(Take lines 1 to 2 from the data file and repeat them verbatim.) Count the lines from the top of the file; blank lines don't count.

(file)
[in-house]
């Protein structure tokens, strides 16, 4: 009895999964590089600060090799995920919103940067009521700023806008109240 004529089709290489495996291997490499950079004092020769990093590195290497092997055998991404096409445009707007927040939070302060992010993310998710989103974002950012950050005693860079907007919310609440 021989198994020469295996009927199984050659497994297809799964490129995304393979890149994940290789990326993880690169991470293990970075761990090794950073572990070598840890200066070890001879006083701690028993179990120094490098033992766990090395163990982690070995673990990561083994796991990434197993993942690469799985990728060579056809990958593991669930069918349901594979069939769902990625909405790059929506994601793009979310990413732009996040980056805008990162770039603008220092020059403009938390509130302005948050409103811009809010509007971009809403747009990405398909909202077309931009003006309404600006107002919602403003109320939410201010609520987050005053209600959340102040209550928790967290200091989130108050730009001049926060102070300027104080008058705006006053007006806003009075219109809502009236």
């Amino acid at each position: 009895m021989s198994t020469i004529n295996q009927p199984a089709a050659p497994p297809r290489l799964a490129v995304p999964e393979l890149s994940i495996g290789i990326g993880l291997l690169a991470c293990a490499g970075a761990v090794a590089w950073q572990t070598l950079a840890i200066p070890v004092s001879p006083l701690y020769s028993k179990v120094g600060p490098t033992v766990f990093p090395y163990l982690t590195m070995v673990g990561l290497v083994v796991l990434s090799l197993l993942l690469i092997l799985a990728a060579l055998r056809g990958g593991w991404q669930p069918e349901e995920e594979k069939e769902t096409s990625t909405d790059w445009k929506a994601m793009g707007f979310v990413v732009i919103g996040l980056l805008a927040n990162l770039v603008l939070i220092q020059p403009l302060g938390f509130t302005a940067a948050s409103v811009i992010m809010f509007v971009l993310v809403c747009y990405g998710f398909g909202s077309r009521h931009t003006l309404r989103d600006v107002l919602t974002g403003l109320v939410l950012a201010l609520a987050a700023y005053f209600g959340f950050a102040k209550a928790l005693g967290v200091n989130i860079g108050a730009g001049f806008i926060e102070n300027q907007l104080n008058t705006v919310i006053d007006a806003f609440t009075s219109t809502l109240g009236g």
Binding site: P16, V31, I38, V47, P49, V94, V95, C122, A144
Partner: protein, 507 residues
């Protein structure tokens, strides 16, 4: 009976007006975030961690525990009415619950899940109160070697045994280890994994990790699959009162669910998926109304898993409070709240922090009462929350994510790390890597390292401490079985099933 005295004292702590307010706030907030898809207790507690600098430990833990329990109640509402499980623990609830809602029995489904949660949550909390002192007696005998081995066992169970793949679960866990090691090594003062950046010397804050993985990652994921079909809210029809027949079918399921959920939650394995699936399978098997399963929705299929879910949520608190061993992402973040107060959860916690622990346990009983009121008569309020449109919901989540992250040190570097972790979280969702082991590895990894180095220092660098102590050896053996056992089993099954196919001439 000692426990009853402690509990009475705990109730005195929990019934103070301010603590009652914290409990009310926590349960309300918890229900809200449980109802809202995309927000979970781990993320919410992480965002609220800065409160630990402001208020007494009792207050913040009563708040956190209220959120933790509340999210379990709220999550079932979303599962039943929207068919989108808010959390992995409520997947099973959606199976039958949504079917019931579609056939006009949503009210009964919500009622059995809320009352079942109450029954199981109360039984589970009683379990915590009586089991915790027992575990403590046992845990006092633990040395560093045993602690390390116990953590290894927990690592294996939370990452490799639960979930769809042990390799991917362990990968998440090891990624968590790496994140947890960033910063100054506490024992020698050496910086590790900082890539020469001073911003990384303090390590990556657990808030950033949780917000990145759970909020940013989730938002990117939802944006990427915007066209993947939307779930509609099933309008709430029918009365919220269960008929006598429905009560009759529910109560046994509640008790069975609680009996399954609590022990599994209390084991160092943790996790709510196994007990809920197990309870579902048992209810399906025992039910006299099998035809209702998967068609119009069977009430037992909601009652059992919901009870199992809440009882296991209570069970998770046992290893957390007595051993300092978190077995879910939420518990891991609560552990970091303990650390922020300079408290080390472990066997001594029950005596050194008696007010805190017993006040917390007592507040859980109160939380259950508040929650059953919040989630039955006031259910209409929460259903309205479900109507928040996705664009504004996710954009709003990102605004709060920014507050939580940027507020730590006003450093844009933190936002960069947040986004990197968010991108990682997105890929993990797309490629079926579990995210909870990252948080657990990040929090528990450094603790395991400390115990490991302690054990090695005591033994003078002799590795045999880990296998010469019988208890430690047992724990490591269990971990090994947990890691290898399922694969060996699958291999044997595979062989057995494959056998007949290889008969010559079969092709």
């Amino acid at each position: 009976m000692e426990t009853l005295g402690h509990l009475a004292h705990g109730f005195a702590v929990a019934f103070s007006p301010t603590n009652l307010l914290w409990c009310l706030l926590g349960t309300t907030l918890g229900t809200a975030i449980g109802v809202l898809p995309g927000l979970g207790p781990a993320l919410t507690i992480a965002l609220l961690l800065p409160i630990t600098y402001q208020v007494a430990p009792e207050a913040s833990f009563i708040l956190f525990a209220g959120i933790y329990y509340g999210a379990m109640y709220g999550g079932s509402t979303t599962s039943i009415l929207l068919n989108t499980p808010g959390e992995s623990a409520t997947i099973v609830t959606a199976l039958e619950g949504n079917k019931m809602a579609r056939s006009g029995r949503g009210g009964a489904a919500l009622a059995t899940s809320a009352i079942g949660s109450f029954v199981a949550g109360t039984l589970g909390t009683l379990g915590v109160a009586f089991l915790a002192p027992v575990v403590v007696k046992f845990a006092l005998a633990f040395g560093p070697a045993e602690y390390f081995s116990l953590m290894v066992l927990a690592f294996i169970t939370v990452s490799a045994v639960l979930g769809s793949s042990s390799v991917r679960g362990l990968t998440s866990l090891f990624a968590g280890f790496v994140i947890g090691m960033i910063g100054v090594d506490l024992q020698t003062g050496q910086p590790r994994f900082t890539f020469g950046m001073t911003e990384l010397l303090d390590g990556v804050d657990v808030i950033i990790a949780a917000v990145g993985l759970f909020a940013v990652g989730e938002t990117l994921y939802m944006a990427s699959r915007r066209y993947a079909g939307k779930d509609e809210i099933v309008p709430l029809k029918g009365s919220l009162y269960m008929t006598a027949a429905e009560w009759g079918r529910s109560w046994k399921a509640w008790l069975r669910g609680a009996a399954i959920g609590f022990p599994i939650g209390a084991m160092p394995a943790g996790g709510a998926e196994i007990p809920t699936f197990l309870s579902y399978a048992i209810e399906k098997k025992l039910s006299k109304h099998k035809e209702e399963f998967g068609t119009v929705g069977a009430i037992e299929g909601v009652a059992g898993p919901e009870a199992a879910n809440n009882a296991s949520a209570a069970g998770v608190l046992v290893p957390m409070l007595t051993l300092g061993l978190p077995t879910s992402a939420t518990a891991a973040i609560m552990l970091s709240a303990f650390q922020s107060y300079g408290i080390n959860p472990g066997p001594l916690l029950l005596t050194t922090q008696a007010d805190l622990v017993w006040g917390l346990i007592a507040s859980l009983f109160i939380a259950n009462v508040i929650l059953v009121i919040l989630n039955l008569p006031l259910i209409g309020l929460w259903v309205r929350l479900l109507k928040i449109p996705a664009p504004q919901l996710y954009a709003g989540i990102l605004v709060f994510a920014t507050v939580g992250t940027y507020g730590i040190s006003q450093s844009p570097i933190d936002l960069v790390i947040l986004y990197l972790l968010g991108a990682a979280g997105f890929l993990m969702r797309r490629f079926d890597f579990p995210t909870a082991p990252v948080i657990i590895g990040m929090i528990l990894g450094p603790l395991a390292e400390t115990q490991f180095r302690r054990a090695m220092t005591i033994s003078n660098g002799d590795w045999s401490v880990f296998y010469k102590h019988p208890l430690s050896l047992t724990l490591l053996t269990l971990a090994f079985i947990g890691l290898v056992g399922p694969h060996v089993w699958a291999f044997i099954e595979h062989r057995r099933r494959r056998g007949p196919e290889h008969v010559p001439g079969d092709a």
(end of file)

[in-house]
């Protein structure tokens, strides 16, 4: 009895999964590089600060090799995920919103940067009521700023806008109240 004529089709290489495996291997490499950079004092020769990093590195290497092997055998991404096409445009707007927040939070302060992010993310998710989103974002950012950050005693860079907007919310609440 021989198994020469295996009927199984050659497994297809799964490129995304393979890149994940290789990326993880690169991470293990970075761990090794950073572990070598840890200066070890001879006083701690028993179990120094490098033992766990090395163990982690070995673990990561083994796991990434197993993942690469799985990728060579056809990958593991669930069918349901594979069939769902990625909405790059929506994601793009979310990413732009996040980056805008990162770039603008220092020059403009938390509130302005948050409103811009809010509007971009809403747009990405398909909202077309931009003006309404600006107002919602403003109320939410201010609520987050005053209600959340102040209550928790967290200091989130108050730009001049926060102070300027104080008058705006006053007006806003009075219109809502009236």